1812 · Baltimore
Humor, vigor, and underlying deep seriousness all characterize this dialogue defending Dominicans, Baltimore's St. Mary's seminary, and Catholicism in general against attacks by the Presbyterian Church. While "Protestant" is a bit of an intellectual bumpkin next to the notably urbane "Catholic," he is granted space to swing his sword with a will, bringing up tough questions and following up hard on the answers. Many Protestant canards about Catholics are thus put to rest by combat: Yes, Catholics may and do read the Bible; yes, there can be and have been Catholic "republics"; no, Catholics don't worship "idols"; no, the pope is not scheduled to come to the U.S. and make the president kiss his toe. The nature of Catholic schooling, the status of the Apocrypha, papal infallibility, and more are all dramatically explained in the main text, and appendices treat of many of the main headings directly. => Though produced by one "side," this is a good introduction to the long-lived issues and rhetoric of Protestant–Catholic conflict in America, as well as a good explication of much Catholic doctrine and practice.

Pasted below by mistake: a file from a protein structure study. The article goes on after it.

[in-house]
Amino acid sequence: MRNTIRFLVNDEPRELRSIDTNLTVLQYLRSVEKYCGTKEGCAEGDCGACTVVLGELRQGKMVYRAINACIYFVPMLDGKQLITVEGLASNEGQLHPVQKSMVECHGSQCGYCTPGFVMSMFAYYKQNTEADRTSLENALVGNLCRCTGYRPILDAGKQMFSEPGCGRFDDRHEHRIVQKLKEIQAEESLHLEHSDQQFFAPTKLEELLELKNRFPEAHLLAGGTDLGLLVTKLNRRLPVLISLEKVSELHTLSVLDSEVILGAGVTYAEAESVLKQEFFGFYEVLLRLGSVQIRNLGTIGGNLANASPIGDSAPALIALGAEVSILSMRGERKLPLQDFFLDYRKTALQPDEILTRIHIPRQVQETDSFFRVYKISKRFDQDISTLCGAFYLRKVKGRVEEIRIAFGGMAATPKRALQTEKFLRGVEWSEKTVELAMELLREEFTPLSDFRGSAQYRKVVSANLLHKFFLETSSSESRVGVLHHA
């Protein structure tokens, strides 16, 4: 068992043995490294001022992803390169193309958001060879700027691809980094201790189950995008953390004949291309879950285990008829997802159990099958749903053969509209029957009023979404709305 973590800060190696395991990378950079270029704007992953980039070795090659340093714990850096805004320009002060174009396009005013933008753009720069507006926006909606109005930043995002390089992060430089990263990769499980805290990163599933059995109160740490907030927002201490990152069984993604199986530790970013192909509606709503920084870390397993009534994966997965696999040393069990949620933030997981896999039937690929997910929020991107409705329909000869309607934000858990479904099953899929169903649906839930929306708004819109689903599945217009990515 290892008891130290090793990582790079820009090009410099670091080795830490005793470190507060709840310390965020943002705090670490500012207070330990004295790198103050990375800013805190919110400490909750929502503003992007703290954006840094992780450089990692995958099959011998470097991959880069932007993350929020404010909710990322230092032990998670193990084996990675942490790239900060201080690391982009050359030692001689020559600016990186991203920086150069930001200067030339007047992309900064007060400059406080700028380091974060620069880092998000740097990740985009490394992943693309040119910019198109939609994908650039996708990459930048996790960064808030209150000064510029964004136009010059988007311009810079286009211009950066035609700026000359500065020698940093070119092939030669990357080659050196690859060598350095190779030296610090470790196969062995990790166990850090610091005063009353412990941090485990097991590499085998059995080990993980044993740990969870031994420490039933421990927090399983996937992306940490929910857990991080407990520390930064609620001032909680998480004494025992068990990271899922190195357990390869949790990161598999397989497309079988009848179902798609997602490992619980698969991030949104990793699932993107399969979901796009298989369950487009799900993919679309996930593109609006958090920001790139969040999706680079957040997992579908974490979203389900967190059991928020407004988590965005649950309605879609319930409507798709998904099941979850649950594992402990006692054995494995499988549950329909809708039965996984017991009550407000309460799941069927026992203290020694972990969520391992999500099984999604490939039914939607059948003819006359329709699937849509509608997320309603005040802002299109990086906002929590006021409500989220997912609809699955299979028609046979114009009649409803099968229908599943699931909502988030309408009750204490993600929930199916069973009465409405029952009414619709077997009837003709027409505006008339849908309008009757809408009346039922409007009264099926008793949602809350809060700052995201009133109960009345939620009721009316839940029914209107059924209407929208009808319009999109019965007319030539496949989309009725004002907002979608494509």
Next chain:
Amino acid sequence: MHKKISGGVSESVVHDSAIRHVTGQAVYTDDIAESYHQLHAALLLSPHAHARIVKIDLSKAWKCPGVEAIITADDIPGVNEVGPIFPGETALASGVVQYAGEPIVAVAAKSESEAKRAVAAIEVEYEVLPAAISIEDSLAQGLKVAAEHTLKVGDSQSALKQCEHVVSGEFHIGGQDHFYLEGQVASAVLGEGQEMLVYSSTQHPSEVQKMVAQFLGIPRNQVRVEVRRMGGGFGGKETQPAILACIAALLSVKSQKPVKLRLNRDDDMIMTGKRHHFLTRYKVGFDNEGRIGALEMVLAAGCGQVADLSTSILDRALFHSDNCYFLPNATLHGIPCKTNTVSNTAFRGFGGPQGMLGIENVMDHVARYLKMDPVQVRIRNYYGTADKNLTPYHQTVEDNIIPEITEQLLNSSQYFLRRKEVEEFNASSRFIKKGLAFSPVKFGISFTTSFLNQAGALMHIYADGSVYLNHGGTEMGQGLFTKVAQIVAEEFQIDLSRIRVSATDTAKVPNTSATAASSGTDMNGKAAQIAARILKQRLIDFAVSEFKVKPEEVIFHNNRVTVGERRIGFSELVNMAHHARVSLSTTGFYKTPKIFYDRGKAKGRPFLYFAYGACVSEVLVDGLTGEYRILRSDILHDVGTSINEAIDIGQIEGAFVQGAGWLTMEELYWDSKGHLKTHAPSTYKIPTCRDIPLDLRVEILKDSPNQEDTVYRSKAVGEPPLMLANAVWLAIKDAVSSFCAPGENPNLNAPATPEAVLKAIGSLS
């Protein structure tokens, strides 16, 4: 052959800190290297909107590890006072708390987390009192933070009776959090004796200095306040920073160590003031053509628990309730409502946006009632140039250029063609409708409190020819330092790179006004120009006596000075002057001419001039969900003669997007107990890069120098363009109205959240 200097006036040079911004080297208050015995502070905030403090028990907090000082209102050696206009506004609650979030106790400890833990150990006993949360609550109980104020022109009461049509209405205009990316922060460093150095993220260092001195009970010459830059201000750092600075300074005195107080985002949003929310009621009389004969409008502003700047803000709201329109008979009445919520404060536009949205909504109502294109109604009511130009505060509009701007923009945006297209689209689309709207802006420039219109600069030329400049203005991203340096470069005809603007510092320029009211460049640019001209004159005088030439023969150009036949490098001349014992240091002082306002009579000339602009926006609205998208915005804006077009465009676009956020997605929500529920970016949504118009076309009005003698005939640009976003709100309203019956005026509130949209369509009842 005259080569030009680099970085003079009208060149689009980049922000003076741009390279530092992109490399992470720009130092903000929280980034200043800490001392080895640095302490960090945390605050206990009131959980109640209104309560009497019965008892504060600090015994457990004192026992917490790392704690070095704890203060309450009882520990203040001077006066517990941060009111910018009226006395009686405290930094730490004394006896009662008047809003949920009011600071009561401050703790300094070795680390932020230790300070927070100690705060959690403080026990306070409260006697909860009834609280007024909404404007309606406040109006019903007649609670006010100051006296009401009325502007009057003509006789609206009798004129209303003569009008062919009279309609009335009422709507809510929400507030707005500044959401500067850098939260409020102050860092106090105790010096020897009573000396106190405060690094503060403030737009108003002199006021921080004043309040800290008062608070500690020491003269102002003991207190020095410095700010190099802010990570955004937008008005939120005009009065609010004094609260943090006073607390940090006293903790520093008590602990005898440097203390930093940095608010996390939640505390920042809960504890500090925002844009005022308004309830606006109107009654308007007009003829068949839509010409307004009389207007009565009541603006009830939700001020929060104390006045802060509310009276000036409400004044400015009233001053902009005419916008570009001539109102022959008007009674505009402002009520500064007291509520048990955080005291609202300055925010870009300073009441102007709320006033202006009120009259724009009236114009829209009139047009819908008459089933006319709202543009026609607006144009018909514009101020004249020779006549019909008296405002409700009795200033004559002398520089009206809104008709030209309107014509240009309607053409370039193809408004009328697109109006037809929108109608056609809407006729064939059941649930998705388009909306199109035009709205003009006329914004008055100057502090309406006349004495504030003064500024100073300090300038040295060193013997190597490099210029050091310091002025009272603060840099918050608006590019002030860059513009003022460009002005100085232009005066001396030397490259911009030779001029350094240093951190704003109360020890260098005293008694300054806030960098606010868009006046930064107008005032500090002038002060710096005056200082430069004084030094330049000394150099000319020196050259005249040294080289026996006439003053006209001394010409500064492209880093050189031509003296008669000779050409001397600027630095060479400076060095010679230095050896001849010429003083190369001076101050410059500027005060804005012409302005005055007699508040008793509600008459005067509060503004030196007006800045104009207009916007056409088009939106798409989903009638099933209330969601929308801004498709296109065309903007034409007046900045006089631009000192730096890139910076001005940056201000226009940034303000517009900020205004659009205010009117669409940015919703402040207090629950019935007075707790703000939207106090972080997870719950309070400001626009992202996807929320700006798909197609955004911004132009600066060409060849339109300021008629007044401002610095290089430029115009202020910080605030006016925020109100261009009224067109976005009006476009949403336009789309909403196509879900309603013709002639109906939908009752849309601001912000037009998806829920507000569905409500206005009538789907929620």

Written by Louis William Valentine DuBourg, president of St. Mary's Seminary, in collaboration with Bishop Simon Bruté de Remur.
Parsons 417; Shaw & Shoemaker 26780. Recent quarter off-white cloth over blue-green paper sides, old style; paper spine label. This copy is complete with the leaf in the back listing books available in 1812 from Bernard Dornin's "Roman Catholic Book Store," more than a few of which PRB&M has had in its stock over the years. It strikes us that reassembling and studying the group as a whole could be an interesting and illuminating exercise. (Inventory #: 36631)